Photo by S. Shafto
Also in this historical category is Mohamed Amin Benamraouri’s partially autobiographical Adios Carmen, a real treat that won this year for Best First Film. A co-production between Morocco, Belgium and the United Emirates, the film, in Rifain Amazigh with a little Spanish, tells the story of a young boy, Amar, living with his mother in the Rif in the mid-1970s. The film reminds us of the importance of the Spanish presence in this part of the kingdom.
Adios Carmen was shot in and around Assilah, characterized like the architecture in much of northern Moroccan by its blue and white houses. Amar’s father has just died and his mother is forced to re-marry a Moroccan who has immigrated to Belgium. Initially, the mother must entrust her son to her brother as she reluctantly leaves to join her new husband in Brussels. Uncle Hamid, the town alcoholic and a thug, is at best indifferent and at worst antagonist towards the boy. Amar finds solace in the local cinema, where the Spanish ticket taker, Carmen, offers him free entry. In the darkness of the theatre, the movies open up a new world of escape and fantasy for the young boy who becomes enamored with Bollywood musicals of which we see five excerpts, including Raj Kapoor’s Bobby (1973). In the q and a the next morning, the filmmaker emphasized the important role played by Indian cinema during the Leaden Years as a much-needed outlet and a source of hope.
Cinema Rif, Martil. Photo by S. Shafto
After the death of General Franco, the barely latent anti-Spanish feeling in the town explodes and Carmen and her brother realize it’s time to leave. Adios Carmen is an admirable first film that captures the mounting tensions between the Spanish and Moroccans in the 1970s over the Sahara question. The film cites at length the famous Green March, shown in several clips from Moroccan newsreels: on November 6, 1975, 350,000 Moroccans converged on the town of Tarfaya, waiting for a signal from Hassan II to pass into the Western Sahara. Amanallah Benjilali, whom the director found after a year of casting and who plays Amar is exceptional, while the actor playing Uncle Hamid (Said Marssi) rightly won for Best Supporting actor. Recounting the birth of the filmmaker’s own vocation, Adios Carmen is no less interested in the fate of its three female characters: Zahia Amar’s mother, Carmen, and Hamid’s girlfriend, Ferida. Benamraouri observes:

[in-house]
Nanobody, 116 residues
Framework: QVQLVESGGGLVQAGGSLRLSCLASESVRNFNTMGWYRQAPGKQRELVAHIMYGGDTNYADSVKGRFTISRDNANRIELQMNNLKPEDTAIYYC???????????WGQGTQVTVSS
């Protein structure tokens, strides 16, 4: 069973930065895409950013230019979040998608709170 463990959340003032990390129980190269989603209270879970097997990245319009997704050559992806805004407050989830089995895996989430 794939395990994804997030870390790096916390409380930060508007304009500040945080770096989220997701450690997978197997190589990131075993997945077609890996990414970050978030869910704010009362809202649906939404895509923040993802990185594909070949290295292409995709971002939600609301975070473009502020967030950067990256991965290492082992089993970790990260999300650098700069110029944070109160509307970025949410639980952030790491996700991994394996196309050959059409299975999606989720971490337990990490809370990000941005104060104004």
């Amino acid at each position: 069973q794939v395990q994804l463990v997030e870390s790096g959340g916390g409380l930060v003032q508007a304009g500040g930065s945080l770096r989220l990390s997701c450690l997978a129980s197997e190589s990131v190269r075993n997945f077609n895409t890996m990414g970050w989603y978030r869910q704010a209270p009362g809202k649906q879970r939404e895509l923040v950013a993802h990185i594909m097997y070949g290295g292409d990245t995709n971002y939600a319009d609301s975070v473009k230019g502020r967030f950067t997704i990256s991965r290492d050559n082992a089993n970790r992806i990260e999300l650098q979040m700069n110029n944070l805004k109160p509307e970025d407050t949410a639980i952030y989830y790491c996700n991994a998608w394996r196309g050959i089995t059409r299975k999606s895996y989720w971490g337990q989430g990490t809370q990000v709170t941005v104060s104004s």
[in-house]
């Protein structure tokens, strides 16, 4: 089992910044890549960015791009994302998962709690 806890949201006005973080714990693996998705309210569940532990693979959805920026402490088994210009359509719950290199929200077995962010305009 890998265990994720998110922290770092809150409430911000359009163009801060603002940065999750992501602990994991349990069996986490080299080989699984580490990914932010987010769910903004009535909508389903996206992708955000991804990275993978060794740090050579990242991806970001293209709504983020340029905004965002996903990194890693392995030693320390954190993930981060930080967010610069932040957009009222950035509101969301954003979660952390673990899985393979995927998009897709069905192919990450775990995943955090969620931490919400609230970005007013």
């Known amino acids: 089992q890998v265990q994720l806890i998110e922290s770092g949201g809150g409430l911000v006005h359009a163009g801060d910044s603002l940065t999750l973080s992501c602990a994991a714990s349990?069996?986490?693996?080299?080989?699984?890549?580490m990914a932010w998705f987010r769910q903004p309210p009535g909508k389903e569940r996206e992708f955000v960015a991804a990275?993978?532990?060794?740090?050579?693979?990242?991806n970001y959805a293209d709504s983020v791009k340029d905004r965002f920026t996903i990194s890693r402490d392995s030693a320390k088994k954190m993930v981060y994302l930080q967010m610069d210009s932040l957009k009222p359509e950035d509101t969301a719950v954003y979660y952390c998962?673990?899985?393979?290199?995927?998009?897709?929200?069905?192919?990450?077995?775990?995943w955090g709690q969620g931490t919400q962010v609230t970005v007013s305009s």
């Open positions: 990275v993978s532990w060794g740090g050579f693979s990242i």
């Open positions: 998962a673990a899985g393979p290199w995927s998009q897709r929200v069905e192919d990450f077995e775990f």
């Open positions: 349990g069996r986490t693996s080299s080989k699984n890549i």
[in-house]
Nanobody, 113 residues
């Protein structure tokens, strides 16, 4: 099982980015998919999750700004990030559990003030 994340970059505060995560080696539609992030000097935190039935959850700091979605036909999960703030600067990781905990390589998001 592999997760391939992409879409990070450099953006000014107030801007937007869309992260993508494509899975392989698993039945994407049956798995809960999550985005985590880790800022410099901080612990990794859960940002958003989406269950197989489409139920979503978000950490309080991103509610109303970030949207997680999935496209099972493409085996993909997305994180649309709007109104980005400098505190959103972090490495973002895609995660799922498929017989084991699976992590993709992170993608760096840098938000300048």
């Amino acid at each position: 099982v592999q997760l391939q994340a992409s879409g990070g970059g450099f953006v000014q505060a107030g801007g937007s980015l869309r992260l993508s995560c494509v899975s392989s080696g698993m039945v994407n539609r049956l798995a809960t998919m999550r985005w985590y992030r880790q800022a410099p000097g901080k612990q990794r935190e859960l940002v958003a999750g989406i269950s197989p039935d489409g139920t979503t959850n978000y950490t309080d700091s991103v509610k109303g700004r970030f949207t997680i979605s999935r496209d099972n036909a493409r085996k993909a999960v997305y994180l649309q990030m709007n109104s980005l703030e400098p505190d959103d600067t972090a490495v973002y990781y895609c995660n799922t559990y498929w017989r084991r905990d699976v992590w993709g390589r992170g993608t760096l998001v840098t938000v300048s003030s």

Following Franco’s death in 1975, there was a transition towards democracy in Spain. . . . while here in Morocco, the situation remained difficult. And between the generations, there was a certain transmission of violence. What matters most to me in this film is the fate of the three women and the violence of the men towards them in a specific geopolitical context. 
Another film with historical overtones is Hicham Lasri’s new film, C’est eux les chiens, shot on a shoestring without a CCM subsidy. As in his earlier film The End, Lasri tackles the topic of the Leaden Years under Hassan II, this time conjugated with the contemporary Arab spring. The screenplay is original and the film rightly won a special award from the Critics Association. To his critics who deplore his unorthodox camerawork and low production values, Lasri responds:
The film narrates, in extremis, the current situation in Morocco, in Casablanca. From the beginning, the idea was to play with cinema’s codes, to manhandle them a bit. There’s always the tendency to want to make “pleasant” or polite films. But here, the subject matter doesn’t lend itself to being well-behaved. If you’re going to tell the rage of a people, of nations, you have to be as aggressive and transgressive as the subject itself! 
Opening during the demonstration of February 20, 2011, the film follows a television crew in the streets of Casablanca during a protest. The journalist notices an odd man whom he thinks is one of his former school teachers. The man in question has just been freed from prison. Imprisoned during the riots against the rise in essential food prices in June 1981, he served a thirty-year sentence. He doesn’t even remember his name, because of the electro-shocks he underwent. All he knows is his prison number, 404, tattooed on his arm. Dressed in a red shirt and a green and red plaid blazer, he carries with him a red bicycle training-wheel. The day he was picked up by the police, he had gone out to buy a training wheel for his son. The television crew abandon their original story to follow this revenant as he tries to locate his family.